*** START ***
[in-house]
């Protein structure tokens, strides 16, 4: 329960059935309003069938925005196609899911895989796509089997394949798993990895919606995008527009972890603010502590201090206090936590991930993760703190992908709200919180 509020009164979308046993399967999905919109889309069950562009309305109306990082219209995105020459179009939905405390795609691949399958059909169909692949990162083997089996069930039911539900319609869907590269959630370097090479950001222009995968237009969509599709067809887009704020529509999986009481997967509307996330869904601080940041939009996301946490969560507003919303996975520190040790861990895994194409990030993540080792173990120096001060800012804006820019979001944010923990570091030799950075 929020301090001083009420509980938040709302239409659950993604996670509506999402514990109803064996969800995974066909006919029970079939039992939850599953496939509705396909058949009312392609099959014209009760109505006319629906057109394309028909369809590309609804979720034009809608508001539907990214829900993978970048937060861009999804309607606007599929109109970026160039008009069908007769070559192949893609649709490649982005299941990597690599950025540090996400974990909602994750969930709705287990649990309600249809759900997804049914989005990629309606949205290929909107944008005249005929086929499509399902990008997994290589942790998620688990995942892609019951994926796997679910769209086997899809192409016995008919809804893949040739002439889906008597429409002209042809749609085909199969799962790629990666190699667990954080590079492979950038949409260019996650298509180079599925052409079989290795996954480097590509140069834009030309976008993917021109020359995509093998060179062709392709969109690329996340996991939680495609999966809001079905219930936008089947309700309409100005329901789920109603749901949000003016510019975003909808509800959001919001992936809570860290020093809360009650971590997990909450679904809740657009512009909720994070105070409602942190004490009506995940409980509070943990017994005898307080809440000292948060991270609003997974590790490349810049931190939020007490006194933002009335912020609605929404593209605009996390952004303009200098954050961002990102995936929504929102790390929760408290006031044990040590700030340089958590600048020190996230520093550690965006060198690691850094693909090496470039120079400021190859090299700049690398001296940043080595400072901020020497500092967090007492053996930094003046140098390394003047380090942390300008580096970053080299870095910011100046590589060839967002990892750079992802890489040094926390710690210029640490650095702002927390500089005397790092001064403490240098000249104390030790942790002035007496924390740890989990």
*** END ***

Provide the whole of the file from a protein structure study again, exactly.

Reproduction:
[in-house]
């Protein structure tokens, strides 16, 4: 329960059935309003069938925005196609899911895989796509089997394949798993990895919606995008527009972890603010502590201090206090936590991930993760703190992908709200919180 509020009164979308046993399967999905919109889309069950562009309305109306990082219209995105020459179009939905405390795609691949399958059909169909692949990162083997089996069930039911539900319609869907590269959630370097090479950001222009995968237009969509599709067809887009704020529509999986009481997967509307996330869904601080940041939009996301946490969560507003919303996975520190040790861990895994194409990030993540080792173990120096001060800012804006820019979001944010923990570091030799950075 929020301090001083009420509980938040709302239409659950993604996670509506999402514990109803064996969800995974066909006919029970079939039992939850599953496939509705396909058949009312392609099959014209009760109505006319629906057109394309028909369809590309609804979720034009809608508001539907990214829900993978970048937060861009999804309607606007599929109109970026160039008009069908007769070559192949893609649709490649982005299941990597690599950025540090996400974990909602994750969930709705287990649990309600249809759900997804049914989005990629309606949205290929909107944008005249005929086929499509399902990008997994290589942790998620688990995942892609019951994926796997679910769209086997899809192409016995008919809804893949040739002439889906008597429409002209042809749609085909199969799962790629990666190699667990954080590079492979950038949409260019996650298509180079599925052409079989290795996954480097590509140069834009030309976008993917021109020359995509093998060179062709392709969109690329996340996991939680495609999966809001079905219930936008089947309700309409100005329901789920109603749901949000003016510019975003909808509800959001919001992936809570860290020093809360009650971590997990909450679904809740657009512009909720994070105070409602942190004490009506995940409980509070943990017994005898307080809440000292948060991270609003997974590790490349810049931190939020007490006194933002009335912020609605929404593209605009996390952004303009200098954050961002990102995936929504929102790390929760408290006031044990040590700030340089958590600048020190996230520093550690965006060198690691850094693909090496470039120079400021190859090299700049690398001296940043080595400072901020020497500092967090007492053996930094003046140098390394003047380090942390300008580096970053080299870095910011100046590589060839967002990892750079992802890489040094926390710690210029640490650095702002927390500089005397790092001064403490240098000249104390030790942790002035007496924390740890989990």